31.The Committee commends the State party on the high numbers of women in academic institutions, but is concerned at the absence of age-appropriate sexual and reproductive health and rights education with a gender perspective in the curricula of basic and secondary schools. The Committee is also concerned at the persistence of negative stereotypes of women and girls in the school curricula and textbooks.
32. The Committee recommends that the State party:
(a) Introduce comprehensive, gender-sensitive and age-appropriate sexual and reproductive health and rights education, incorporating a gender perspective for girls and boys, in the curricula at the basic and secondary levels of the education system;
(b) Intensify its efforts to review school curricula and textbooks to eliminate negative stereotypes of women and girls.
33.The Committee remains concerned at the persistence of the gender pay gap, with the average income of women being 74.2 per cent of the average income of men across the country in 2013. It is further concerned about the overprotective list of more than 450 occupations and almost 40 branches in which women are precluded from access to the labour market, although procedures have been introduced that, under certain conditions, exceptionally can provide access for women to those occupations. It is also concerned about the persistent horizontal and vertical segregation in the labour market and that women are concentrated in low-paid jobs. The Committee is also concerned at the absence of specific legislation prohibiting sexual harassment in the workplace. The Committee is further concerned that the concept of the new family policy of 2014states that the family policy of the Russian Federation for the period until 2025 has as a goal the renewal and increase of traditional family values focusing on women only as mothers, without any reference to individual women, and that the policy does not include gender equality issues.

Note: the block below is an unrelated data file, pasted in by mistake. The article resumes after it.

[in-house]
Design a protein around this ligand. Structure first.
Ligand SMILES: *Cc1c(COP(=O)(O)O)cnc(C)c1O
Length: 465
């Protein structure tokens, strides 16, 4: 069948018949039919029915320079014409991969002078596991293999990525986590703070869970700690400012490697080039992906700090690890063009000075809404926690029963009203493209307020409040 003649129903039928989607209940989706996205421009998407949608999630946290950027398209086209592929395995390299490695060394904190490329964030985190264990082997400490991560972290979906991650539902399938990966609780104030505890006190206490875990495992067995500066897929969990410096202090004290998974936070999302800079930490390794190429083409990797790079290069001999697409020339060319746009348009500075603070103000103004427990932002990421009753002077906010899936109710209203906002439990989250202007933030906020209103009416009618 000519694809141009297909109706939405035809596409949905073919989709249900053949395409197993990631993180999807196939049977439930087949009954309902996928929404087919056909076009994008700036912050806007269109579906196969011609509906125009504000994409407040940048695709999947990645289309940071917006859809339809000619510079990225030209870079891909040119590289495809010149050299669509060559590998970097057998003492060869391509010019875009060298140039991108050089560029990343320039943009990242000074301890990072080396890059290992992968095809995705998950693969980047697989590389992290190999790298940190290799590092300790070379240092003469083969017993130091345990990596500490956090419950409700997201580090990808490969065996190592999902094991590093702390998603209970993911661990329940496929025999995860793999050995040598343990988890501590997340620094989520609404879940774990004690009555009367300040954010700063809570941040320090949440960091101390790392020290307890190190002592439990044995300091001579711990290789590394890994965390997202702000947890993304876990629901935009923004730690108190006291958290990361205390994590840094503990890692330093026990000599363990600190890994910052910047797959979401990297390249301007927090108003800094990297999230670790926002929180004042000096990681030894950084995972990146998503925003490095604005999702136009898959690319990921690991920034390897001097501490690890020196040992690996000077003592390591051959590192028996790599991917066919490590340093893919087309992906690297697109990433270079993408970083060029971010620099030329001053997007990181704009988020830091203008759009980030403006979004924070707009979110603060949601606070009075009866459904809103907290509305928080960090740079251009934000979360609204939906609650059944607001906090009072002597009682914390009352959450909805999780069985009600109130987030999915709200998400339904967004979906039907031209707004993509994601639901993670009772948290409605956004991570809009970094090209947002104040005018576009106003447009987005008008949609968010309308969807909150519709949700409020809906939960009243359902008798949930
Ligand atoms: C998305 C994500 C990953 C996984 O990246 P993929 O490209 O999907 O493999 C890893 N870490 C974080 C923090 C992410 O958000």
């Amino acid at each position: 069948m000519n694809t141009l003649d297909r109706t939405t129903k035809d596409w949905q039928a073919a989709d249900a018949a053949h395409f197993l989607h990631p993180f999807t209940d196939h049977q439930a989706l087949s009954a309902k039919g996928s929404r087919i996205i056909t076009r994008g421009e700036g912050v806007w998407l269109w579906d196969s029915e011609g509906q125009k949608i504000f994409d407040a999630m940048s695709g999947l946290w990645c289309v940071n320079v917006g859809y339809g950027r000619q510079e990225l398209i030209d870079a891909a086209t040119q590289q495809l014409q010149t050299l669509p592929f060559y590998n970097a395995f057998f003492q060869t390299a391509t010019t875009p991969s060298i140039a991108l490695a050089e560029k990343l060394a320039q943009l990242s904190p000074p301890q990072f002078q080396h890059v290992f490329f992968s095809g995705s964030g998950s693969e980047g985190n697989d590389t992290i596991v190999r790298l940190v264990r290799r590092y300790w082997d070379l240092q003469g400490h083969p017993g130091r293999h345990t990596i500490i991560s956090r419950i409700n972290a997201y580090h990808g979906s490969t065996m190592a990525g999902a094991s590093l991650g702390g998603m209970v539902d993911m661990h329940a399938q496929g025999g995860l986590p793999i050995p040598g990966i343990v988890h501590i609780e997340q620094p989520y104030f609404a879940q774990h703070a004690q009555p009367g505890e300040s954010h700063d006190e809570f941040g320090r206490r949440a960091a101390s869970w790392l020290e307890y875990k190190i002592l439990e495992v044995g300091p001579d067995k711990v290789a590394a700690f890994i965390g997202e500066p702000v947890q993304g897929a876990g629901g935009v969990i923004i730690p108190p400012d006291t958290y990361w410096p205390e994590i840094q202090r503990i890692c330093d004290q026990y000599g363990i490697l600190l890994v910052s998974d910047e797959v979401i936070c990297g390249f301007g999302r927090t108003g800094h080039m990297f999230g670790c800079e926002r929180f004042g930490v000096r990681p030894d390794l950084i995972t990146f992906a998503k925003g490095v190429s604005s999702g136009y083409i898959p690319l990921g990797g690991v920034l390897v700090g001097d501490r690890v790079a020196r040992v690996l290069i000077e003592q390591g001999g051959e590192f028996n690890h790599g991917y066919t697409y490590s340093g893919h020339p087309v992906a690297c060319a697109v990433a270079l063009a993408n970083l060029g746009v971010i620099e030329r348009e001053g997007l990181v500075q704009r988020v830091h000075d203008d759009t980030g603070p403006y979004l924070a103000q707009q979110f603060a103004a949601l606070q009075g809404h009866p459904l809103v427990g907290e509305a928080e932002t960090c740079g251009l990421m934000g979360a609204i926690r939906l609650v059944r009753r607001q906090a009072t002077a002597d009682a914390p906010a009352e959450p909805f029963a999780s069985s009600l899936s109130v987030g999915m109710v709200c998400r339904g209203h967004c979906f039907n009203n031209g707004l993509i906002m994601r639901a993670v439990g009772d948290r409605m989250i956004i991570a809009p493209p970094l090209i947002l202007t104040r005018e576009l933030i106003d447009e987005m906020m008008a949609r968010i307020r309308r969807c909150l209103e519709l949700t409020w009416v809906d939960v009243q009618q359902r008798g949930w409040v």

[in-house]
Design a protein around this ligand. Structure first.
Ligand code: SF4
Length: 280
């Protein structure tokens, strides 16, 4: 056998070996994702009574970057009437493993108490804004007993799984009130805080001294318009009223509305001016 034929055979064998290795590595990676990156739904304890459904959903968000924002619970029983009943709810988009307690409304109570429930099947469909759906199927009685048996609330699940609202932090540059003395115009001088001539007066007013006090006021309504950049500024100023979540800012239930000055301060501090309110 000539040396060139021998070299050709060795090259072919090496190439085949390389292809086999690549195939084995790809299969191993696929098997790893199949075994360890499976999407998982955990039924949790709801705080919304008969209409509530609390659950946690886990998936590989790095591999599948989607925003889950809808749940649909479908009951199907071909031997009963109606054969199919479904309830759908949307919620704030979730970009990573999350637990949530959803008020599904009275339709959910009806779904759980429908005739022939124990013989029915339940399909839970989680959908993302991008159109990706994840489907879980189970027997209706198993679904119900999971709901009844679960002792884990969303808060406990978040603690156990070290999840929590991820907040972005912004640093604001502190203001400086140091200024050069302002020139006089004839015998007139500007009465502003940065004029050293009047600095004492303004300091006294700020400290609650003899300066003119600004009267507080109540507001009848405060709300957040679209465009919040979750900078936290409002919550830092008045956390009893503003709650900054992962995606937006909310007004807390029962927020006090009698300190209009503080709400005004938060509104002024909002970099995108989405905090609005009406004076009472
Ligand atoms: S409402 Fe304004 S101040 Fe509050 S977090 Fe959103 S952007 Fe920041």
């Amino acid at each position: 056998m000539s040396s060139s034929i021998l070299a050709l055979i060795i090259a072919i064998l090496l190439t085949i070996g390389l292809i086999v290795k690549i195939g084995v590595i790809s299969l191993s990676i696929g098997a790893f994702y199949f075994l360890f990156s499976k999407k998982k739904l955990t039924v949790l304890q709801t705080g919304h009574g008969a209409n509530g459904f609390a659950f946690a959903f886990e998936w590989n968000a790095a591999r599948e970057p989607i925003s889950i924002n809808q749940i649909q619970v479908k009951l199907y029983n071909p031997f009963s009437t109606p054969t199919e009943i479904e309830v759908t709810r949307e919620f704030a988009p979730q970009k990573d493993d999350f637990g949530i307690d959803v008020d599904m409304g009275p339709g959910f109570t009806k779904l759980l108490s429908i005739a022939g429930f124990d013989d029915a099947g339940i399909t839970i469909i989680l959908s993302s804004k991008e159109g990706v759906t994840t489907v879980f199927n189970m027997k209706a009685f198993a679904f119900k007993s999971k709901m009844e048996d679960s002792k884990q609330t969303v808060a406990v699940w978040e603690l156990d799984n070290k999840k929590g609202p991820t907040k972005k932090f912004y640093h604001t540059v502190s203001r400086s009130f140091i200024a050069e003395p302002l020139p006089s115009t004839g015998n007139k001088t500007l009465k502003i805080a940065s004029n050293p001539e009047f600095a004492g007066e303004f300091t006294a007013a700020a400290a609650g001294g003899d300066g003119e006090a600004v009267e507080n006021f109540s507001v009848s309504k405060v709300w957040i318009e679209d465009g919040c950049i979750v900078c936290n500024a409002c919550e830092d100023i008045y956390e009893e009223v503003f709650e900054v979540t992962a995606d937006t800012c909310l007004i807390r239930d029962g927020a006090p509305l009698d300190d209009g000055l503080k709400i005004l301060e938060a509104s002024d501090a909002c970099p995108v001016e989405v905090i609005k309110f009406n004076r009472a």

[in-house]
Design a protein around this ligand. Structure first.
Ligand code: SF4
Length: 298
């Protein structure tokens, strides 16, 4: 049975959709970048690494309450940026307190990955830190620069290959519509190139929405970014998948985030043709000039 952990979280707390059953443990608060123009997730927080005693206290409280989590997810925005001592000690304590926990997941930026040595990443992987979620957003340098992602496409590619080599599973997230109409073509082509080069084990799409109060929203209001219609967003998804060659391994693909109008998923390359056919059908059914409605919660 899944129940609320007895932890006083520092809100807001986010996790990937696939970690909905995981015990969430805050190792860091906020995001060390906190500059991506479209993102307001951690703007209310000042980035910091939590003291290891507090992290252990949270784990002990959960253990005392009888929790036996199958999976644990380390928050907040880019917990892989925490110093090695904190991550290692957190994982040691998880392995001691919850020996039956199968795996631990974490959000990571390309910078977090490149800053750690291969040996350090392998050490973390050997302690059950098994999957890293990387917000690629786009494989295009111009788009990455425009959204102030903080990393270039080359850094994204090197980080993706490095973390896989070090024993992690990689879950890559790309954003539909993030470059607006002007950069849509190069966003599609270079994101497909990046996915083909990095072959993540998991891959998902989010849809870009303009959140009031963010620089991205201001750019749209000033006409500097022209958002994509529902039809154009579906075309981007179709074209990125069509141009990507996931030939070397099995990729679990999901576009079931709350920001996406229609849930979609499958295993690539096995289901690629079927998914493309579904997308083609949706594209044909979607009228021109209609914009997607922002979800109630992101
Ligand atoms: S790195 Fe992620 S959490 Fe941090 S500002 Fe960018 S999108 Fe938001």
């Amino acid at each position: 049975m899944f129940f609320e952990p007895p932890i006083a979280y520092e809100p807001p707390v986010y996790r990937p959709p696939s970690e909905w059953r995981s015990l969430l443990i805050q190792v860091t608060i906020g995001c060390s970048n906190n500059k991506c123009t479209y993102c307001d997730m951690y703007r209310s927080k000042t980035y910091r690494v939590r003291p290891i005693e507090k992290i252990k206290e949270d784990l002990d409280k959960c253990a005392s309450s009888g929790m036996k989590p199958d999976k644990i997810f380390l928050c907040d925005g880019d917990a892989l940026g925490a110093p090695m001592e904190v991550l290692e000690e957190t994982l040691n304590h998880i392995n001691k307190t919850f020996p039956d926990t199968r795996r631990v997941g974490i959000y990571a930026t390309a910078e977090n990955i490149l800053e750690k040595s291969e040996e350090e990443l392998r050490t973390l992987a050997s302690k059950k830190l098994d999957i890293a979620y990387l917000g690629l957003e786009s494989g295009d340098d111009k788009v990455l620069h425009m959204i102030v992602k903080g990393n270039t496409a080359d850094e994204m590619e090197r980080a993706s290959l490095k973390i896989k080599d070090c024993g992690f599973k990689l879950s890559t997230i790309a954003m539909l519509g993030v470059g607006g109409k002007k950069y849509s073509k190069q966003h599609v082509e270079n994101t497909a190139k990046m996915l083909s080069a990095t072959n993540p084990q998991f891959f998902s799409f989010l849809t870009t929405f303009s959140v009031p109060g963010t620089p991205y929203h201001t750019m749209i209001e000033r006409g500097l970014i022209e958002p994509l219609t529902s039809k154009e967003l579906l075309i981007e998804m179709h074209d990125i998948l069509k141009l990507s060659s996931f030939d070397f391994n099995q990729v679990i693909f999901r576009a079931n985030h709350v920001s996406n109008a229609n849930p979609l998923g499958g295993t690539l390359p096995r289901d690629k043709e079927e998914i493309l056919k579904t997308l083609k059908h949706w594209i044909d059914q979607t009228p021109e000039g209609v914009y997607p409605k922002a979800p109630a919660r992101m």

34. The Committee calls upon the State party:
(a) To intensify its efforts to create an enabling environment for women to become economically more independent, including by raising the awareness of employers in the public and private sectors of the prohibition of discrimination against women in employment, and intensify its efforts to promote the entry of women into the formal economy through the provision of vocational and technical training for women and by promoting the equal sharing of family responsibilities between women and men;
(b) To review the list of restricted occupations and sectors to ensure that it covers only restrictions necessary for the protection of maternity in the strict sense, and promote and facilitate women ’ s entry into previously listed jobs by improving working conditions and adopting appropriate temporary special measures;
(c) To adopt comprehensive legislation to combat discrimination and sexual harassment in the workplace;
(d) To adopt and effectively apply legislation, including temporary special measures, to narrow and close the gender wage gap and eliminate gender segregation in the labour market;
(e) To carry out a gender assessment of all measures set out in the new family policy and include the principle of gender equality in national social policy.